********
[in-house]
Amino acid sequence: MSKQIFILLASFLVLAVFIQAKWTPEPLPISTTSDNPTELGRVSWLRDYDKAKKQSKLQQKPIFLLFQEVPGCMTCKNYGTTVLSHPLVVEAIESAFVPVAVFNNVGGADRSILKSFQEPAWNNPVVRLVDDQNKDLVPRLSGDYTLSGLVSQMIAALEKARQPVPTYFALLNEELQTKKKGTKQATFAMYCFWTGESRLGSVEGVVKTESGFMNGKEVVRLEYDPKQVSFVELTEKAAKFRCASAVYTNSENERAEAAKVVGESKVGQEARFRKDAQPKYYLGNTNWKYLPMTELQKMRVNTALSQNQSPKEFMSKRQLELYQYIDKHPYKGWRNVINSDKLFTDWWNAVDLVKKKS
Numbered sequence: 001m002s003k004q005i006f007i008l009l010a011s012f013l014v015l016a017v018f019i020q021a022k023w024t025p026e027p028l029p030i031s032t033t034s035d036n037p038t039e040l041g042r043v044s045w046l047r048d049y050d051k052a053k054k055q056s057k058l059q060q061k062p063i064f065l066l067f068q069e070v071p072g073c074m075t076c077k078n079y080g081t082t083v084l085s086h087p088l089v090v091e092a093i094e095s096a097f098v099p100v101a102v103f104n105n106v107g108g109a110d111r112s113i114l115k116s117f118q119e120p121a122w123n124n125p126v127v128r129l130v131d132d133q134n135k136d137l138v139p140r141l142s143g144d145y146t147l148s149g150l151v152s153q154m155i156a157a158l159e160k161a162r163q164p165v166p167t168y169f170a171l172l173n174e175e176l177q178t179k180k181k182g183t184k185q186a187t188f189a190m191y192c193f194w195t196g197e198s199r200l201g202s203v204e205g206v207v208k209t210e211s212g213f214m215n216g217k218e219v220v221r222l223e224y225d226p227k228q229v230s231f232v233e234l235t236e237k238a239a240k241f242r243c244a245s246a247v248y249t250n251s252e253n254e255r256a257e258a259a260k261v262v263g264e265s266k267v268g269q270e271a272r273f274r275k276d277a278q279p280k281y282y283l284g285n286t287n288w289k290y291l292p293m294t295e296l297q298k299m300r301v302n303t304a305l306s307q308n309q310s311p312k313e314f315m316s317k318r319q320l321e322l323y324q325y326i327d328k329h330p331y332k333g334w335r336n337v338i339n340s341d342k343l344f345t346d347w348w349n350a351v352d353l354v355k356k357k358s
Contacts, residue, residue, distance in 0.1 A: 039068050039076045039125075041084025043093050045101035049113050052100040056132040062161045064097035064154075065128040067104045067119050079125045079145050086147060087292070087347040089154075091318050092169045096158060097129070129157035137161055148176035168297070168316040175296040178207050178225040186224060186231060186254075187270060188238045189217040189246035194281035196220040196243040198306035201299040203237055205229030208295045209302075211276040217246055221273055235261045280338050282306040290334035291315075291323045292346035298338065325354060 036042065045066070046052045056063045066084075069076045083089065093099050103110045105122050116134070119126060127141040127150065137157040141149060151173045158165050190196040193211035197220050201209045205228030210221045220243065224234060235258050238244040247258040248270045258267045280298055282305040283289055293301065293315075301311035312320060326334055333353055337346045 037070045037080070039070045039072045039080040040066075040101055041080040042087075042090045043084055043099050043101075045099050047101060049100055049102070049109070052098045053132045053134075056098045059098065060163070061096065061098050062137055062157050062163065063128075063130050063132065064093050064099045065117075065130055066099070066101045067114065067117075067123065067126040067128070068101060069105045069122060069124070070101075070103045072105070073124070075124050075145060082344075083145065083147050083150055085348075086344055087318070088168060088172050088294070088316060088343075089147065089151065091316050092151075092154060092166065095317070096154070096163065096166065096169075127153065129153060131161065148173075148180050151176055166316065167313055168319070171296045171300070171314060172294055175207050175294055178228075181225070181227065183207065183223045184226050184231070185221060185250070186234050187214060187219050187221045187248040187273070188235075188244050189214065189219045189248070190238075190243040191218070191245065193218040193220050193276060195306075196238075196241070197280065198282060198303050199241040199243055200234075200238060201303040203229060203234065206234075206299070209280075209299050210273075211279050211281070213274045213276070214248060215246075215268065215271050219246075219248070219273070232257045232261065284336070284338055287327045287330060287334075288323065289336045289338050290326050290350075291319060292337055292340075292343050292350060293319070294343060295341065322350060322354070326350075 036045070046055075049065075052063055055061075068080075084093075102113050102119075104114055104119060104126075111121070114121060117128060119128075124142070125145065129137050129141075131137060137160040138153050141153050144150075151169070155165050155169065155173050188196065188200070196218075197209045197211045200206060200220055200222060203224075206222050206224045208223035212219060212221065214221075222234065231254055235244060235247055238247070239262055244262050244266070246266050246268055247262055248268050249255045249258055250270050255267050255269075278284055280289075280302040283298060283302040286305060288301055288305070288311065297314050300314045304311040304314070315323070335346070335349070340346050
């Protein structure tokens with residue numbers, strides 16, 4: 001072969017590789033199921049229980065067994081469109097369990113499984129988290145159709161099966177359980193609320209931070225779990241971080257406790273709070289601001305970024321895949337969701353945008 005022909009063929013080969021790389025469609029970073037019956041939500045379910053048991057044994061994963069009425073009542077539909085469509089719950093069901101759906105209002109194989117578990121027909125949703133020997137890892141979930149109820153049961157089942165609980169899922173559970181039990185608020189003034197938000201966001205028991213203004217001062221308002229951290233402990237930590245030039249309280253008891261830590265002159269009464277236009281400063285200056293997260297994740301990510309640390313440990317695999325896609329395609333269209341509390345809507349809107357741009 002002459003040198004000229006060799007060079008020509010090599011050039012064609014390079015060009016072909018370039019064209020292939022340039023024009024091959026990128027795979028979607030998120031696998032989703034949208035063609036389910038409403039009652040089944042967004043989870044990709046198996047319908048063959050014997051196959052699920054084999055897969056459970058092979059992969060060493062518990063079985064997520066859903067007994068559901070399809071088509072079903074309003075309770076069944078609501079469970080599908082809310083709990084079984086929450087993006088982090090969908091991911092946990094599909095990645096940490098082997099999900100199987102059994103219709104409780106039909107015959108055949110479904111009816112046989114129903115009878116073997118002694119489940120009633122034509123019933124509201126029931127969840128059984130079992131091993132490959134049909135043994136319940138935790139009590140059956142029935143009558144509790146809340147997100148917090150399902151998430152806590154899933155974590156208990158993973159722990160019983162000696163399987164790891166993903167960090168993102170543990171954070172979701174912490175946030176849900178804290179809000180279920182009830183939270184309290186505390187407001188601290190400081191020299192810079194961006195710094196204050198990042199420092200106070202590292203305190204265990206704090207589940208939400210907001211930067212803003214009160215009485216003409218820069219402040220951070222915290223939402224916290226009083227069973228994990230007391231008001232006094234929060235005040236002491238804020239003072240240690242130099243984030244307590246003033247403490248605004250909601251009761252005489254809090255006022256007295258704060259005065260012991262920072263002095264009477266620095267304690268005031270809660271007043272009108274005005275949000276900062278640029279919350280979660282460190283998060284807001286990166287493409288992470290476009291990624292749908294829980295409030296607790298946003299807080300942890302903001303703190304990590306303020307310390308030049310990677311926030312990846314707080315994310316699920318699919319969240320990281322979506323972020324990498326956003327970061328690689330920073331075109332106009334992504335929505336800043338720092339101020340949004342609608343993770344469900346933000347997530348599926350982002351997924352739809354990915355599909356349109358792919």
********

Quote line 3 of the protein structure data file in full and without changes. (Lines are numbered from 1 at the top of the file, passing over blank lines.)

Numbered sequence: 001m002s003k004q005i006f007i008l009l010a011s012f013l014v015l016a017v018f019i020q021a022k023w024t025p026e027p028l029p030i031s032t033t034s035d036n037p038t039e040l041g042r043v044s045w046l047r048d049y050d051k052a053k054k055q056s057k058l059q060q061k062p063i064f065l066l067f068q069e070v071p072g073c074m075t076c077k078n079y080g081t082t083v084l085s086h087p088l089v090v091e092a093i094e095s096a097f098v099p100v101a102v103f104n105n106v107g108g109a110d111r112s113i114l115k116s117f118q119e120p121a122w123n124n125p126v127v128r129l130v131d132d133q134n135k136d137l138v139p140r141l142s143g144d145y146t147l148s149g150l151v152s153q154m155i156a157a158l159e160k161a162r163q164p165v166p167t168y169f170a171l172l173n174e175e176l177q178t179k180k181k182g183t184k185q186a187t188f189a190m191y192c193f194w195t196g197e198s199r200l201g202s203v204e205g206v207v208k209t210e211s212g213f214m215n216g217k218e219v220v221r222l223e224y225d226p227k228q229v230s231f232v233e234l235t236e237k238a239a240k241f242r243c244a245s246a247v248y249t250n251s252e253n254e255r256a257e258a259a260k261v262v263g264e265s266k267v268g269q270e271a272r273f274r275k276d277a278q279p280k281y282y283l284g285n286t287n288w289k290y291l292p293m294t295e296l297q298k299m300r301v302n303t304a305l306s307q308n309q310s311p312k313e314f315m316s317k318r319q320l321e322l323y324q325y326i327d328k329h330p331y332k333g334w335r336n337v338i339n340s341d342k343l344f345t346d347w348w349n350a351v352d353l354v355k356k357k358s